The public, which gave the Legislature only a 51 percent approval rating based on a recent Deseret News/KSL poll conducted by Dan Jones & Associates, likely will not be pleased with the latest gift-giving figures. Lobbyists apparently will set a record this year when it comes to gifts they showered on state lawmakers during the 2000 session.
Some lobbying reports have yet to be compiled, but $86,698 was reported spent so far entertaining Utah's 104 lawmakers during the session that ended March 1. That compares with $66,122 spent by lobbyists during the 1999 Legislature. Because of loopholes in reporting laws, only about $10,000 came with lawmakers' names attached.In poll after poll, the public has made it clear it does not want lawmakers to accept gifts from lobbyists, period. Appearances matter, and the best way for legislators to distance themselves from any charge or hint of influence peddling would be to have an all-out ban on all gifts, the same as many other states already have imposed.
According to the results of another poll commissioned by the Deseret News/KSL-TV, 69 percent of Utah residents don't want lawmakers to accept any gifts. Polls conducted in previous years have shown similar results.
Ironically, lawmakers complain about how they're viewed by the public. They feel they're getting a bum rap. Failure to -- again -- pass legislation that at least would curtail some of the lobbying excesses, makes lawmakers their own worst enemy.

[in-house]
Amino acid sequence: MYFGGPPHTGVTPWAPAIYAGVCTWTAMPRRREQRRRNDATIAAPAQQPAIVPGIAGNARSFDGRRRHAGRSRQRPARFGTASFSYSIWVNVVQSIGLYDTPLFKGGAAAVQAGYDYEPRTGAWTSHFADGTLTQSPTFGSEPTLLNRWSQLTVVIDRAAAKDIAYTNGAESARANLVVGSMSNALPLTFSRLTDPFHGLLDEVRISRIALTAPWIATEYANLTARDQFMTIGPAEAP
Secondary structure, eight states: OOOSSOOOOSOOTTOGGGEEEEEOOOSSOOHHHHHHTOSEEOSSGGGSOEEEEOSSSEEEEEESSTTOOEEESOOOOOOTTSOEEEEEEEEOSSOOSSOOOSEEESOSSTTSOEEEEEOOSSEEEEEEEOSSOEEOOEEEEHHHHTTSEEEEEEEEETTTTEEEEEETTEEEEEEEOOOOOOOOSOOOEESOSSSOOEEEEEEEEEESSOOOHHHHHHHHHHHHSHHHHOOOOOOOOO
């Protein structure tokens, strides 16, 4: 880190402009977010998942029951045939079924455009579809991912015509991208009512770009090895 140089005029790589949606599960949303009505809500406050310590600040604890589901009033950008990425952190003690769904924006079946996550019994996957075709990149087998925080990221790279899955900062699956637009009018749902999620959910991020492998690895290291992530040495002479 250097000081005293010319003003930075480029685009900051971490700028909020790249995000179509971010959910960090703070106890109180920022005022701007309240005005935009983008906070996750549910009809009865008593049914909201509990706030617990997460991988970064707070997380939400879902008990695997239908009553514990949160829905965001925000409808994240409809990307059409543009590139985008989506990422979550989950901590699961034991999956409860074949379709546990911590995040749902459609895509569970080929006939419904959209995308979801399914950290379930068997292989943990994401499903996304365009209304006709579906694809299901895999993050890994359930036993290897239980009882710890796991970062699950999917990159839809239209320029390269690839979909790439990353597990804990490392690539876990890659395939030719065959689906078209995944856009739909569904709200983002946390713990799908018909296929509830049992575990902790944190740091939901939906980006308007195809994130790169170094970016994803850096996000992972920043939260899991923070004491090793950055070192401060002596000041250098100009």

A bill that would have reduced anonymous gift-giving from a $50 daily limit to $25 didn't even get as much as a vote on the Senate floor. That bill fell far short of what most Utahns say they want, but it at least represented an attempt at compromise.
Trust must be earned and guarded jealously. By accepting lobbyists' gifts, lawmakers not only erode the public's trust but raise questions about their own integrity and ethics, an unfortunate thing considering the overwhelming majority of Utah's lawmakers are honest and honorable.
That makes a gift ban in the best interests of both lawmakers and voters. Why that never seems to matter is anyone's guess.